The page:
The much-awaited IRS guidance on the so-called “low-income adders” under the Low-Income Communities Bonus Credit Program was officially released on the statutory deadline established by the Inflation Reduction Act, on the 180th day anniversary of its enactment. IRS Notice 2023-17 should be read closely by those who are actively looking at or involved in wind and solar clean energy generation for their respective companies.
While this initial guidance is welcome, it is unlikely to satisfy those awaiting it because it is primarily programmatic, with additional practical and detailed guidance still to come. Of note is that it will be the U.S. Department of Energy (DOE), not the IRS or Treasury, that will oversee many aspects of the application and approval program.
Because additional guidance will be needed in order to precisely define project-level tax benefits, businesses must continue to wait before finalizing their project plans.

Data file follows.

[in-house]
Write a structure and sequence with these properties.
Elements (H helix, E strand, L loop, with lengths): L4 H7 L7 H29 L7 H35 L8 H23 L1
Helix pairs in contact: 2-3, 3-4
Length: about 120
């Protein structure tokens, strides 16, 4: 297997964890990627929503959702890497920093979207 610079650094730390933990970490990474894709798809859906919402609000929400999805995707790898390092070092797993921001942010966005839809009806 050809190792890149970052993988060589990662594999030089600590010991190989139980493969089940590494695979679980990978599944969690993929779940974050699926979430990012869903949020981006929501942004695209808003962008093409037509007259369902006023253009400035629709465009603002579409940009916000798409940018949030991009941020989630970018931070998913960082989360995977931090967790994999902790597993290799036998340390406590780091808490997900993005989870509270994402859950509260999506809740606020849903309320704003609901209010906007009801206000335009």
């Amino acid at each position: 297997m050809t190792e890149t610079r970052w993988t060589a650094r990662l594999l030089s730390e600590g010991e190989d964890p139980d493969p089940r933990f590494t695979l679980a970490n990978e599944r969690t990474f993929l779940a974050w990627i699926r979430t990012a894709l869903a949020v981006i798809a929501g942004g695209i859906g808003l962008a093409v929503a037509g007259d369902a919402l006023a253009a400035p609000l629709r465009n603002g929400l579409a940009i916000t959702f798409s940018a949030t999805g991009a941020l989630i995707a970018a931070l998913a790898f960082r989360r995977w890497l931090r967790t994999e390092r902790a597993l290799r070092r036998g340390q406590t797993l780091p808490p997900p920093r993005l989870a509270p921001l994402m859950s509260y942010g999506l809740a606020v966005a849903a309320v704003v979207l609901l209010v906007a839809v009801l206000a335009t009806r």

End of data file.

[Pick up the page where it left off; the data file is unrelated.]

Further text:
In the meantime, what follows is what we can learn from the initial guidance.
Allocation categories, process, and timelines
The guidance creates a method for allocating the low-income adders (“allocation of the Capacity Limitation”) between four categories of project:
Category 1: Located in a Low-Income Community
Category 2: Located on Indian Land
Category 3: Qualified Low-Income Residential Building Project
Category 4: Qualified Low-Income Economic Benefit Project
We do not know if there will be further sub-allocations between eligible wind or solar projects.
Per the Notice, applications for allocations of the low-income adders will be phased in during 2023, with a 60-day window for such applications.